Mindboggling: Preliminaries to a science of the mind by Roy Harris. Do you have a mind? Answers to this question have divided Western thinkers for centuries, and still do. Mindboggling sets out to identify a nucleus of basic issues about the mind, and present the main arguments for and against in each case. Targeted to a lay readership, each chapter discusses a different theory, myth or idea about the mind. Anticipate wails from theorists whose theories have been given short shrift. Mindboggling is available on Amazon, from Bookshops or direct from Publishers.
Science on Television by Bienvenido León.
The book is a clear and systematic guide to the narrative and rhetorical techniques used by science documentary filmmakers. The book is priced at £18.50, but for direct orders we are offering a 20% discount.
Motivating Science is a collection of articles from the first five years of The Pantaneto Forum. We are offering a 20% discount for direct orders.
In “Communicating concern via TV; Our view of Nature”, Jeffrey Thomas describes the use of the David Attenborough television series The Life of Mammals as the core for an introductory science course – Studying Mammals for the Open University. Thomas carried out a survey of students who took the course and found that though the programmes were effective in helping students to understand the subject, there was a tendency for teleological preconceptions – of seeing Nature as progressive or directional – to become entrenched.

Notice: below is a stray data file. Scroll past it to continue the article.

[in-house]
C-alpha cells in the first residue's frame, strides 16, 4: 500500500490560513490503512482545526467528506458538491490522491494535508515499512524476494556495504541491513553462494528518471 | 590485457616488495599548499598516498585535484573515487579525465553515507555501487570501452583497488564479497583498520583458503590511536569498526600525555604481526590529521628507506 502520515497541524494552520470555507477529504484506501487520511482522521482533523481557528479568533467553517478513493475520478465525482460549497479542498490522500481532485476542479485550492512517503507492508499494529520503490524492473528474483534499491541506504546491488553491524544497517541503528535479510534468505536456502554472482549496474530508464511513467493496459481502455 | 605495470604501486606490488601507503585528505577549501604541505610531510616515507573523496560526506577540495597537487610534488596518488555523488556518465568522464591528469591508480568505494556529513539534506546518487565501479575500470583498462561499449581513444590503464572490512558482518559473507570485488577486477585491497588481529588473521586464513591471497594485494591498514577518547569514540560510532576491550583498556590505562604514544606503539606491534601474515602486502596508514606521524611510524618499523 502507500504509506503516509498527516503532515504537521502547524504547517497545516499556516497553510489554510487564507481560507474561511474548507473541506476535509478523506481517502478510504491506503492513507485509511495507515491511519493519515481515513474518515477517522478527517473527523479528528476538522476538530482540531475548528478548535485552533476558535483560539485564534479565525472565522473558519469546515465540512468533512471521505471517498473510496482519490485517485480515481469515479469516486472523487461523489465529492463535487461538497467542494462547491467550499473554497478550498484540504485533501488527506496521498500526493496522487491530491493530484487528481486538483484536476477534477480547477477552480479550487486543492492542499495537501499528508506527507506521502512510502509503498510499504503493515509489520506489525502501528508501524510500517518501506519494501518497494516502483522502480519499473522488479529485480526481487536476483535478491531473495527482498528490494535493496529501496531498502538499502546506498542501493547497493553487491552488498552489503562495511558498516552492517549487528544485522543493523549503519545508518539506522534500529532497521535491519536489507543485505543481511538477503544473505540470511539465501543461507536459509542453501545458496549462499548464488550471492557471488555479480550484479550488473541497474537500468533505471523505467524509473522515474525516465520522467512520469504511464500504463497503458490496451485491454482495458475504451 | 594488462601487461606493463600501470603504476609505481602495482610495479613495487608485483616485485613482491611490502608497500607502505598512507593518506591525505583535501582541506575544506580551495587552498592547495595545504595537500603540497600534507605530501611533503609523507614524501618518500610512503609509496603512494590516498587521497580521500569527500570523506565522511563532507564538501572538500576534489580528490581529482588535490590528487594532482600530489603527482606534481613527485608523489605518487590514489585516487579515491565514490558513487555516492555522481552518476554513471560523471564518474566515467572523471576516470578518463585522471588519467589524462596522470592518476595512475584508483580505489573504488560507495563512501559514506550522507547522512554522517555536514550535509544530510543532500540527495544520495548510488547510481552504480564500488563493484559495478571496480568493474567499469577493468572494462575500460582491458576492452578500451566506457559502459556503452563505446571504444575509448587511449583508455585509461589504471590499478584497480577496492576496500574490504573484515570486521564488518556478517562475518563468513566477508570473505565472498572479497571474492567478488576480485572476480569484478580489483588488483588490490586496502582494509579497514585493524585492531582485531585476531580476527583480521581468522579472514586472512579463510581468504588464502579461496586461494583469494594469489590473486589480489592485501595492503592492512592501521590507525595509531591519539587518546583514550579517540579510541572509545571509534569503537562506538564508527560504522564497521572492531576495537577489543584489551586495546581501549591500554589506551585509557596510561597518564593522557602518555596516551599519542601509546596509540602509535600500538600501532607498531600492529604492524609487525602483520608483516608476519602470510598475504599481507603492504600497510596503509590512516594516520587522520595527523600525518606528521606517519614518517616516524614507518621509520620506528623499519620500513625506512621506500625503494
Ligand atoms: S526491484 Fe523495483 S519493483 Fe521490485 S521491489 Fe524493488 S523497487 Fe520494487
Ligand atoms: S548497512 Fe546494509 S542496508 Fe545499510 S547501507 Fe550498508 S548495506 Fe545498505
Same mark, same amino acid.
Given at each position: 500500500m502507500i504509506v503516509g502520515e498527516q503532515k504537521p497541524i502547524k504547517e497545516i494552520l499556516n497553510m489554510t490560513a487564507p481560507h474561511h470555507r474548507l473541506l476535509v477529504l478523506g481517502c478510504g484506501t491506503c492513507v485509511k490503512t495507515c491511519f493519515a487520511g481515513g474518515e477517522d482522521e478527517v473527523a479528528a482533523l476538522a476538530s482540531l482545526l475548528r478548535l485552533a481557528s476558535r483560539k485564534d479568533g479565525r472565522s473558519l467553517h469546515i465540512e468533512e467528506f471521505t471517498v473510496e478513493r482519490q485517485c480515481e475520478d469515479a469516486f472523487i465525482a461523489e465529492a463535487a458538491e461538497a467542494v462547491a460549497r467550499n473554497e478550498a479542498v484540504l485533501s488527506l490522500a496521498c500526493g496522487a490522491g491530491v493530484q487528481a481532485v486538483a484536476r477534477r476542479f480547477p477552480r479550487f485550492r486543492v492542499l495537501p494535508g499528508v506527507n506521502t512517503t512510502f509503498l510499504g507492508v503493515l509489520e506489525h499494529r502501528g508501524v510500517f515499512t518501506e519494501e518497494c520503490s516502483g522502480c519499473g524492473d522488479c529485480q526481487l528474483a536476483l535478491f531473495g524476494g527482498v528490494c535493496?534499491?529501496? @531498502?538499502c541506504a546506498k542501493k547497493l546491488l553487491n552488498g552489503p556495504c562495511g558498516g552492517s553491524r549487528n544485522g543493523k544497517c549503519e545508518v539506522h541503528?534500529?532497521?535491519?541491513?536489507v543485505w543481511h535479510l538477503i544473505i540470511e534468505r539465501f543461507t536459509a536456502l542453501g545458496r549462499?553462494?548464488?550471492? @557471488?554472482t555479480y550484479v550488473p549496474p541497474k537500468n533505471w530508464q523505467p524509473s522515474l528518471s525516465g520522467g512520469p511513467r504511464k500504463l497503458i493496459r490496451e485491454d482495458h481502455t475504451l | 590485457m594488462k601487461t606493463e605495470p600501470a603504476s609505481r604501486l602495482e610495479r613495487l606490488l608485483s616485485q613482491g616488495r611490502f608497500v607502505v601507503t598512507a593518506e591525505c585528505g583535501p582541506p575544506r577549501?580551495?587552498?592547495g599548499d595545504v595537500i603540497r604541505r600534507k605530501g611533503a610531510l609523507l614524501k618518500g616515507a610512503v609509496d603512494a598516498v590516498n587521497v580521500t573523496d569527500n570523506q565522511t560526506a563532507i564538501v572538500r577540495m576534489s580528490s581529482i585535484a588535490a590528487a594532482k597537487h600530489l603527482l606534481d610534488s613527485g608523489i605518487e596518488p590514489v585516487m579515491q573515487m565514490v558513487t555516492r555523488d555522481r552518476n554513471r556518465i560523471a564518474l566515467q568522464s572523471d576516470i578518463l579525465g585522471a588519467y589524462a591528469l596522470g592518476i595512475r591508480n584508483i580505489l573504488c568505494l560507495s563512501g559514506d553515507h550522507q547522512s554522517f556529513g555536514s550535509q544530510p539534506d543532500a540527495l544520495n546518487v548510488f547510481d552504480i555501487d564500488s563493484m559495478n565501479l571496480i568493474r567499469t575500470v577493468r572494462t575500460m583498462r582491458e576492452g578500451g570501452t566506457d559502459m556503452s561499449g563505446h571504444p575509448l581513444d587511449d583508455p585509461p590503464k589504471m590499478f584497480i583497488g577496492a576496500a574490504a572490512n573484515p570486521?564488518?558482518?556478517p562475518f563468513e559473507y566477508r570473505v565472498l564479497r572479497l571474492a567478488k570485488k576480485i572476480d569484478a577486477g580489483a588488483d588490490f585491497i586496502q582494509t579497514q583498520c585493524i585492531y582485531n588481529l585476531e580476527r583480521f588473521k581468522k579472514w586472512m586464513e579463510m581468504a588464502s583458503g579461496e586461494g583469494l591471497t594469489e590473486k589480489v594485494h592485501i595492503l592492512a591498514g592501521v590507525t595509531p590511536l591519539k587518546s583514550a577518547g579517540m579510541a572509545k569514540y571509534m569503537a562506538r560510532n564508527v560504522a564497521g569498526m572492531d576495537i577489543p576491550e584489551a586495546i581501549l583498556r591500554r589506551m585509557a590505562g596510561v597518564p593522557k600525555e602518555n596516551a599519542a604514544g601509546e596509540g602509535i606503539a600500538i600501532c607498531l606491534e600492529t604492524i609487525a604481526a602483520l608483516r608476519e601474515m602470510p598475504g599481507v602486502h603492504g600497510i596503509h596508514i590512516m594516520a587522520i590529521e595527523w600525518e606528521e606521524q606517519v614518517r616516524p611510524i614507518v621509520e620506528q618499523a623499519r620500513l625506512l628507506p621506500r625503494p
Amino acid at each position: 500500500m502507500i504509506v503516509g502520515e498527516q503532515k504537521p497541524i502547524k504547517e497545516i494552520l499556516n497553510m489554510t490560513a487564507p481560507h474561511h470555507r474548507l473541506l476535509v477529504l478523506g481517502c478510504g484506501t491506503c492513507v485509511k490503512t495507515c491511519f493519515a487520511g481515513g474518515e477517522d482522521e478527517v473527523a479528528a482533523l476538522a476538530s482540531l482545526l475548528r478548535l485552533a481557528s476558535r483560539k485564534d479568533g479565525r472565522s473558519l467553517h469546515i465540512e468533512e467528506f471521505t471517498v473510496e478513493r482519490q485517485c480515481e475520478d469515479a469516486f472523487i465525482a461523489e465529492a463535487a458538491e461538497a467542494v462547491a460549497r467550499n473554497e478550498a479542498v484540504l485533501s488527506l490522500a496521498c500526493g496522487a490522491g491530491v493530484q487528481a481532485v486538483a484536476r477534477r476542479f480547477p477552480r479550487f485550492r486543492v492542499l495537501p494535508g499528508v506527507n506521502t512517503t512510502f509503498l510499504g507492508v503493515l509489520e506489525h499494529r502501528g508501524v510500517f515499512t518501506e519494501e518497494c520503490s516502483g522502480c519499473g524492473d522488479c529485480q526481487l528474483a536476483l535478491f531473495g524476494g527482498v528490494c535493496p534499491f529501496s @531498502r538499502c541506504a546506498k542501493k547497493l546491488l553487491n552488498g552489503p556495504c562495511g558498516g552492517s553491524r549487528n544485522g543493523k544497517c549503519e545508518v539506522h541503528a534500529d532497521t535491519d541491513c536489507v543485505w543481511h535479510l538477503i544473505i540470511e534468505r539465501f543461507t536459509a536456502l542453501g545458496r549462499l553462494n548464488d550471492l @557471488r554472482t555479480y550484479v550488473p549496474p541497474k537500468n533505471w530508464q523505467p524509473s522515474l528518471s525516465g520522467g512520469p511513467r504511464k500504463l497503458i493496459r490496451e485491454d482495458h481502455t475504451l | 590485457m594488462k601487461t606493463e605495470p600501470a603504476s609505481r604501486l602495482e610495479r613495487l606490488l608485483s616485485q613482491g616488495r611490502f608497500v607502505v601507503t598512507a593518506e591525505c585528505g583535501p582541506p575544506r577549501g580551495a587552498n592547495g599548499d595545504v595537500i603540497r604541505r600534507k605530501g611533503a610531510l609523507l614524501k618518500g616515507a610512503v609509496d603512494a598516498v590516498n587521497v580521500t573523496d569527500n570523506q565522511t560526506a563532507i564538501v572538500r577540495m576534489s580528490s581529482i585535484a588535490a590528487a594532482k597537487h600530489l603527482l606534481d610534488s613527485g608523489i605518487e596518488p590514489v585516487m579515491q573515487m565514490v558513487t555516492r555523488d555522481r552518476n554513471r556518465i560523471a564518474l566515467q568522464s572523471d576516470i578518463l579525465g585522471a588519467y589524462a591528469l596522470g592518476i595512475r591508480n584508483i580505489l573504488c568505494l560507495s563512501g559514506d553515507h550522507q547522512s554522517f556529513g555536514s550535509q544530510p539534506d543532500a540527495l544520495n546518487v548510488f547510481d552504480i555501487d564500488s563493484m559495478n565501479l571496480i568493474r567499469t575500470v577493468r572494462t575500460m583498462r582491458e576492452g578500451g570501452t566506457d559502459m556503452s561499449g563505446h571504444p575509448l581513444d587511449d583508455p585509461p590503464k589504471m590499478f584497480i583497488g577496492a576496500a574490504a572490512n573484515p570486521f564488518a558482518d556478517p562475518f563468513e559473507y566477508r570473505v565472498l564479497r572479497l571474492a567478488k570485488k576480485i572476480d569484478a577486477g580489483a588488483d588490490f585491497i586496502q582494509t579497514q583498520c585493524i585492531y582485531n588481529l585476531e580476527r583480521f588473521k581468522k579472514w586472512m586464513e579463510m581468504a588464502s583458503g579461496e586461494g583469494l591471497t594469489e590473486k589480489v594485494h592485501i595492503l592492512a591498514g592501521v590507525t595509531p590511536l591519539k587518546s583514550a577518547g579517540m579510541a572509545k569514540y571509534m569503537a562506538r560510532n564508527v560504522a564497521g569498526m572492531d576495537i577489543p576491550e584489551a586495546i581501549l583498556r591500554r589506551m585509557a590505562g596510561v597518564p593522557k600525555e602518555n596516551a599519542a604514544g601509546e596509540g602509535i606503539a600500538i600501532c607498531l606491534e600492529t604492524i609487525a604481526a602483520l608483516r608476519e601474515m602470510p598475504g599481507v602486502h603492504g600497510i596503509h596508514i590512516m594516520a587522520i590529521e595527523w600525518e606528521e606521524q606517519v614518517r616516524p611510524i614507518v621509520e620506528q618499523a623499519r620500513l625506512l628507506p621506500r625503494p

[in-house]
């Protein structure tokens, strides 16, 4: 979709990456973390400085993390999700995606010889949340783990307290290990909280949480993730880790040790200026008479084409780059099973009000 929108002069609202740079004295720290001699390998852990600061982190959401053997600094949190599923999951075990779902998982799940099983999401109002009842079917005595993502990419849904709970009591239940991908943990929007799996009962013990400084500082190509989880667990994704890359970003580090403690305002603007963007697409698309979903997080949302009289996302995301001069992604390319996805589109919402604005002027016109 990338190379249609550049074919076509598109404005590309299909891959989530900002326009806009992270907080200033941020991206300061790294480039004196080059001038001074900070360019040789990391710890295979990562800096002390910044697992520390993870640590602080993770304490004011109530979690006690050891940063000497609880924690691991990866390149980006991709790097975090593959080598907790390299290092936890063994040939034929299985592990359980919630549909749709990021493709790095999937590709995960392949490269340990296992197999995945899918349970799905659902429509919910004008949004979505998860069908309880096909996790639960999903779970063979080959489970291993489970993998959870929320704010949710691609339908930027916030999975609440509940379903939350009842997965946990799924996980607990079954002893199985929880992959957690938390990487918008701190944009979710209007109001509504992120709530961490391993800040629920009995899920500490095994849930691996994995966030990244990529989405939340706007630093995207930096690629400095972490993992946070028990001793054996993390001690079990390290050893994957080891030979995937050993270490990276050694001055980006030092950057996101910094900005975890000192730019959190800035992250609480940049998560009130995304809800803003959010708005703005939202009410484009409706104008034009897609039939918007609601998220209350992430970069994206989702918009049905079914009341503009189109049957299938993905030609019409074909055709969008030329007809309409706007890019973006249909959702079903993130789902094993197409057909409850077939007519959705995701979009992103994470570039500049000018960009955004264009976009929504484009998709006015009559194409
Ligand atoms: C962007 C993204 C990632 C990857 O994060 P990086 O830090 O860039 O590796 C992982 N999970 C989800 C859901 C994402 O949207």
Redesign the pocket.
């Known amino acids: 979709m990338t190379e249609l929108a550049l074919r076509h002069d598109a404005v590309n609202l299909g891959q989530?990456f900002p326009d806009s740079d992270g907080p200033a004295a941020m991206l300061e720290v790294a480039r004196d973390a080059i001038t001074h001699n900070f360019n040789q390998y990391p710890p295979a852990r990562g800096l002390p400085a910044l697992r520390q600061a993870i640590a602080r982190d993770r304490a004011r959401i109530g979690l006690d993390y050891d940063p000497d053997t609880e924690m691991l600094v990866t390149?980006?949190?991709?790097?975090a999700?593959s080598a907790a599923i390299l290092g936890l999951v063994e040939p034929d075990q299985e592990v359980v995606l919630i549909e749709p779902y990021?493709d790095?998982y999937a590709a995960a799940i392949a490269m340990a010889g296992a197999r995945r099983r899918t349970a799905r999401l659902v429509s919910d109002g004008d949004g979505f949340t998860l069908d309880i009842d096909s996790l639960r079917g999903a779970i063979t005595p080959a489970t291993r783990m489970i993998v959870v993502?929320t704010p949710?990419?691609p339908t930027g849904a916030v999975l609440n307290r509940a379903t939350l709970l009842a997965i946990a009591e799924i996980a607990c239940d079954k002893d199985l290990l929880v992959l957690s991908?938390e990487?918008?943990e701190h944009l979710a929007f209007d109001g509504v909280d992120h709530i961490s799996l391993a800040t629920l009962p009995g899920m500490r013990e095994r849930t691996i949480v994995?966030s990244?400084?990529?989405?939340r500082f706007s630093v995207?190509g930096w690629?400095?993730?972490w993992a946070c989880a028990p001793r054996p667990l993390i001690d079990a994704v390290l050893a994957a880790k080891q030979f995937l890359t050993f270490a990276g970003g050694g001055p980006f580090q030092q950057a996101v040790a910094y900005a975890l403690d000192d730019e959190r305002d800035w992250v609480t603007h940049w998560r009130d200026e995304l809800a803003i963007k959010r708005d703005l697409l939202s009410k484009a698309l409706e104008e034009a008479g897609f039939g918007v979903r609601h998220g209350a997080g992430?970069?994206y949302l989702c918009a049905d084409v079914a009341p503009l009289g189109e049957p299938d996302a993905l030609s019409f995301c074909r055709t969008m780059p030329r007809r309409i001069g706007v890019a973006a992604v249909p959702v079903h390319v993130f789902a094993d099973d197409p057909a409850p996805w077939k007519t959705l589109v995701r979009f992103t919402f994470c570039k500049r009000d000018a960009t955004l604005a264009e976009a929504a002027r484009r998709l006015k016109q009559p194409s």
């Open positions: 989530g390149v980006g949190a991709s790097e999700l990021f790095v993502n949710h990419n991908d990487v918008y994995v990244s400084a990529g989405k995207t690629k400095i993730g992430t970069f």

Exploration of the connection between Art and Science by way of museum exhibitions is an effective way to promote and communicate science to the public. In “Art and Science at an Exhibition: much more than simply Pictures”, Sergio de Régules describes an exhibition created by the Universum Science Museum and the Mexican National Institute of Fine Arts. The exhibition is deliberately designed to keep text to a minimum in order to concentrate on stimulating visitors to read “between the lines” and make connections between Art and Science at the aesthetic level.
There are many examples of science in the theatre from Bertolt Brecht’s Galileo (1937-39) to Tom Stoppard’s Hapgood (1988), to name just two. In “Geophysics on Stage: bringing Earth into scene. The Ingv Science Theatre experiences”, Tiziana Lanza et al describe an innovative project to use the theatre as a science education tool for students.
Nigel Sanitt Editor